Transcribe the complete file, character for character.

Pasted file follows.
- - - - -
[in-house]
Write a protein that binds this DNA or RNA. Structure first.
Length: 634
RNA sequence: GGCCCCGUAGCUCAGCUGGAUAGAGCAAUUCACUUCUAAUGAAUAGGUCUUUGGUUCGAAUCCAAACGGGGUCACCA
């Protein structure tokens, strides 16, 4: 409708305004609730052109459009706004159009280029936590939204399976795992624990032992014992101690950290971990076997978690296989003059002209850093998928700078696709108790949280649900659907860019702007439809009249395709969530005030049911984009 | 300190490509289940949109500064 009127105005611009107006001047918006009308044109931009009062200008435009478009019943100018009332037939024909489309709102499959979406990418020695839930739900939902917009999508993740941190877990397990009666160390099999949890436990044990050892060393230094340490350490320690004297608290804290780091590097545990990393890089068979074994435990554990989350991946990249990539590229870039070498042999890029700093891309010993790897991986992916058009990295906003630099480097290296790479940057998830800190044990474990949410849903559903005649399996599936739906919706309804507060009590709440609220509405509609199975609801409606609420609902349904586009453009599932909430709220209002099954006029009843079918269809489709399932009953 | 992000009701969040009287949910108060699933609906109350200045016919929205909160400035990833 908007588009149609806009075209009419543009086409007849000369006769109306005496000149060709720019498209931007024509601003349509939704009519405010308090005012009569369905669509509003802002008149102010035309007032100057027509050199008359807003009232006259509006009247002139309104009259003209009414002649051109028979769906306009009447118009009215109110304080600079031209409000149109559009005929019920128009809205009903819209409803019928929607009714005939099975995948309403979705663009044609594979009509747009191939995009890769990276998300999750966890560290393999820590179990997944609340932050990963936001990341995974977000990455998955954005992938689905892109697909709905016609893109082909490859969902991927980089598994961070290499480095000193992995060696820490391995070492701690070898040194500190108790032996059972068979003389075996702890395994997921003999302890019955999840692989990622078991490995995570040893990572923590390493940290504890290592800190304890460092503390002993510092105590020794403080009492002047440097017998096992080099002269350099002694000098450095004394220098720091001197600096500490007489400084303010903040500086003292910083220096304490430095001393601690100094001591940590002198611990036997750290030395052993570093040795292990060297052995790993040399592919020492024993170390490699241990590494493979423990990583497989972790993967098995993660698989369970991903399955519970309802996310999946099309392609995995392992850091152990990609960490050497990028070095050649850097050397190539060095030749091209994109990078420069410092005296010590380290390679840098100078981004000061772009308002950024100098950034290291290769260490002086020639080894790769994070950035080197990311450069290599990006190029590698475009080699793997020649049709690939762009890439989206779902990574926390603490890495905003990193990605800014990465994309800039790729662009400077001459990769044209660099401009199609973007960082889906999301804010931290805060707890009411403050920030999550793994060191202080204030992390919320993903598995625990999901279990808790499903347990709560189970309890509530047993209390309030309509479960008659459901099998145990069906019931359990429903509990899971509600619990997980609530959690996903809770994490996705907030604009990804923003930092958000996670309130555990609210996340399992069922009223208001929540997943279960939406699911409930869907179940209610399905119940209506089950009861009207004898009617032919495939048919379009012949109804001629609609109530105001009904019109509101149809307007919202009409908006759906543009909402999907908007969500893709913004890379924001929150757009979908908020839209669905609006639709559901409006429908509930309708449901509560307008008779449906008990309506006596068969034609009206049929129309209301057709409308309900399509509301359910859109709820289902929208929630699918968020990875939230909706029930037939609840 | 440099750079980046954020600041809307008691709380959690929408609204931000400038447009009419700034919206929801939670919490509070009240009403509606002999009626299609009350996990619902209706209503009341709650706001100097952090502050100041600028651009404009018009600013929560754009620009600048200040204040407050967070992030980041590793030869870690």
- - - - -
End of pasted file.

[in-house]
Write a protein that binds this DNA or RNA. Structure first.
Length: 634
RNA sequence: GGCCCCGUAGCUCAGCUGGAUAGAGCAAUUCACUUCUAAUGAAUAGGUCUUUGGUUCGAAUCCAAACGGGGUCACCA
């Protein structure tokens, strides 16, 4: 409708305004609730052109459009706004159009280029936590939204399976795992624990032992014992101690950290971990076997978690296989003059002209850093998928700078696709108790949280649900659907860019702007439809009249395709969530005030049911984009 | 300190490509289940949109500064 009127105005611009107006001047918006009308044109931009009062200008435009478009019943100018009332037939024909489309709102499959979406990418020695839930739900939902917009999508993740941190877990397990009666160390099999949890436990044990050892060393230094340490350490320690004297608290804290780091590097545990990393890089068979074994435990554990989350991946990249990539590229870039070498042999890029700093891309010993790897991986992916058009990295906003630099480097290296790479940057998830800190044990474990949410849903559903005649399996599936739906919706309804507060009590709440609220509405509609199975609801409606609420609902349904586009453009599932909430709220209002099954006029009843079918269809489709399932009953 | 992000009701969040009287949910108060699933609906109350200045016919929205909160400035990833 908007588009149609806009075209009419543009086409007849000369006769109306005496000149060709720019498209931007024509601003349509939704009519405010308090005012009569369905669509509003802002008149102010035309007032100057027509050199008359807003009232006259509006009247002139309104009259003209009414002649051109028979769906306009009447118009009215109110304080600079031209409000149109559009005929019920128009809205009903819209409803019928929607009714005939099975995948309403979705663009044609594979009509747009191939995009890769990276998300999750966890560290393999820590179990997944609340932050990963936001990341995974977000990455998955954005992938689905892109697909709905016609893109082909490859969902991927980089598994961070290499480095000193992995060696820490391995070492701690070898040194500190108790032996059972068979003389075996702890395994997921003999302890019955999840692989990622078991490995995570040893990572923590390493940290504890290592800190304890460092503390002993510092105590020794403080009492002047440097017998096992080099002269350099002694000098450095004394220098720091001197600096500490007489400084303010903040500086003292910083220096304490430095001393601690100094001591940590002198611990036997750290030395052993570093040795292990060297052995790993040399592919020492024993170390490699241990590494493979423990990583497989972790993967098995993660698989369970991903399955519970309802996310999946099309392609995995392992850091152990990609960490050497990028070095050649850097050397190539060095030749091209994109990078420069410092005296010590380290390679840098100078981004000061772009308002950024100098950034290291290769260490002086020639080894790769994070950035080197990311450069290599990006190029590698475009080699793997020649049709690939762009890439989206779902990574926390603490890495905003990193990605800014990465994309800039790729662009400077001459990769044209660099401009199609973007960082889906999301804010931290805060707890009411403050920030999550793994060191202080204030992390919320993903598995625990999901279990808790499903347990709560189970309890509530047993209390309030309509479960008659459901099998145990069906019931359990429903509990899971509600619990997980609530959690996903809770994490996705907030604009990804923003930092958000996670309130555990609210996340399992069922009223208001929540997943279960939406699911409930869907179940209610399905119940209506089950009861009207004898009617032919495939048919379009012949109804001629609609109530105001009904019109509101149809307007919202009409908006759906543009909402999907908007969500893709913004890379924001929150757009979908908020839209669905609006639709559901409006429908509930309708449901509560307008008779449906008990309506006596068969034609009206049929129309209301057709409308309900399509509301359910859109709820289902929208929630699918968020990875939230909706029930037939609840 | 440099750079980046954020600041809307008691709380959690929408609204931000400038447009009419700034919206929801939670919490509070009240009403509606002999009626299609009350996990619902209706209503009341709650706001100097952090502050100041600028651009404009018009600013929560754009620009600048200040204040407050967070992030980041590793030869870690």